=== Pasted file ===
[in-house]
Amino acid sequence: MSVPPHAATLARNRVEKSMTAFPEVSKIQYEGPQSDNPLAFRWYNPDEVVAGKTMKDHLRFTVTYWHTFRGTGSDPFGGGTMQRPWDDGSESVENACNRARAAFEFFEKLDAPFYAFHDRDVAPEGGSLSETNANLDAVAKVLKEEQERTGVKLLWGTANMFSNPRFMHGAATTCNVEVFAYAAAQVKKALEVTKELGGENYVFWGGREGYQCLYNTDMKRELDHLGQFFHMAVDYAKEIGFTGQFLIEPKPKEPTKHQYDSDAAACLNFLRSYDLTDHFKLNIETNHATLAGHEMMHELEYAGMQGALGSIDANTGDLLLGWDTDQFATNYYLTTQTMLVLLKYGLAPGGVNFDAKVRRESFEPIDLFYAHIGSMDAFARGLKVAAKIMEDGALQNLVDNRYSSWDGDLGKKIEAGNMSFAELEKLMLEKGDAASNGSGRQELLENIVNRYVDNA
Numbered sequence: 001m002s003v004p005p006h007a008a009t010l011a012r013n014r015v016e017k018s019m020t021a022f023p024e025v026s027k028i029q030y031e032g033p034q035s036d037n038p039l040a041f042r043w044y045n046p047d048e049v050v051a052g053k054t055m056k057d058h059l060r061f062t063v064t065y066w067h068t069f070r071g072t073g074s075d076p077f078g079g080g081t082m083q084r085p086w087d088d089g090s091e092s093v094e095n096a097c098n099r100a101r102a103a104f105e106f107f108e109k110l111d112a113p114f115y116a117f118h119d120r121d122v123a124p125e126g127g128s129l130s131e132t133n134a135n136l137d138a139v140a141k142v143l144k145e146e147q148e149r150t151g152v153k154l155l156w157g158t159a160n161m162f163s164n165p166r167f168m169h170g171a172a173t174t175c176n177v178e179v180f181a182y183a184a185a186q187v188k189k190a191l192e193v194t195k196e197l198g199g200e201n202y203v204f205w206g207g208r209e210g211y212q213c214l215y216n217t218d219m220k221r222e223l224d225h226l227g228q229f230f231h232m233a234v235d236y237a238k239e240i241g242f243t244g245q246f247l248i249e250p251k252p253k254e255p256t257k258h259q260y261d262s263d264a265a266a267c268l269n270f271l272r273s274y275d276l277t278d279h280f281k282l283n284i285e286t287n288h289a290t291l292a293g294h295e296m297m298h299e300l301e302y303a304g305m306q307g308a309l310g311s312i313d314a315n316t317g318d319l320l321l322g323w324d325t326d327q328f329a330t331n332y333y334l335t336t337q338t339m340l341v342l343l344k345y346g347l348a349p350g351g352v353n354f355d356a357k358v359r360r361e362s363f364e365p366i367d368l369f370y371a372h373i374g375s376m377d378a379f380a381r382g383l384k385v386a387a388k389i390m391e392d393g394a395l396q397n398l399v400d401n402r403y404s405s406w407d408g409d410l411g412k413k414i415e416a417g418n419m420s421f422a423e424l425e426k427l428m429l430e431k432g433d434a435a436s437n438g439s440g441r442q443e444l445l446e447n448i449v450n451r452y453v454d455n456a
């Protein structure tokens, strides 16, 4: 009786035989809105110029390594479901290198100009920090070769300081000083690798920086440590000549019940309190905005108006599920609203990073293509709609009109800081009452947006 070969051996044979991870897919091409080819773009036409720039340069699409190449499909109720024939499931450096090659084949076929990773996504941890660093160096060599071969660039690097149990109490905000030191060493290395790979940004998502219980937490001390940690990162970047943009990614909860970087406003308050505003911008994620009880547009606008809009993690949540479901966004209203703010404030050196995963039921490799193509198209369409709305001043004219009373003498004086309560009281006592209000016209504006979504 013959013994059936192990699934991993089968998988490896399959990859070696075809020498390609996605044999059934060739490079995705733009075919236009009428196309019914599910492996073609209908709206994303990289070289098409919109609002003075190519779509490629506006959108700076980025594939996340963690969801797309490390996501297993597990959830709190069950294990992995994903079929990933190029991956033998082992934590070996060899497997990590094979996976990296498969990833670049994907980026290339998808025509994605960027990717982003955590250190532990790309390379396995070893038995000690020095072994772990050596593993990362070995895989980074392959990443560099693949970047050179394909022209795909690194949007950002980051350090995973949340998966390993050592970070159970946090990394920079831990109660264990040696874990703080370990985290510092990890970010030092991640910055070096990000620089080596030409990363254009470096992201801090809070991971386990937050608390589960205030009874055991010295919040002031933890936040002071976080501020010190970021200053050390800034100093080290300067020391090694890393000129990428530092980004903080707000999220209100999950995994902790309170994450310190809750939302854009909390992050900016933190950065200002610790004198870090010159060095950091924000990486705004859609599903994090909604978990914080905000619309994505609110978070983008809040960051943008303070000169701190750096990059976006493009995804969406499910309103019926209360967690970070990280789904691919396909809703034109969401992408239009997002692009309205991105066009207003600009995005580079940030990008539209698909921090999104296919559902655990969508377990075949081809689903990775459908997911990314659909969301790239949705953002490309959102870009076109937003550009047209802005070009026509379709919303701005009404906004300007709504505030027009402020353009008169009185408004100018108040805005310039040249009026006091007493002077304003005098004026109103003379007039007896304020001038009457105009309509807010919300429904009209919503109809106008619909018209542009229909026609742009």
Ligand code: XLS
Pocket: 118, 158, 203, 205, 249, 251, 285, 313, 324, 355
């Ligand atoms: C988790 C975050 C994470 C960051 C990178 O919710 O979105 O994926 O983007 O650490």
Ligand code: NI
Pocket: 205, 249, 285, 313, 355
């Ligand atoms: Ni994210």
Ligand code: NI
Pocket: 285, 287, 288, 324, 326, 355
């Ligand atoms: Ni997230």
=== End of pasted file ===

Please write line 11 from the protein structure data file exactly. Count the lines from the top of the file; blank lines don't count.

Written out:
Ligand code: NI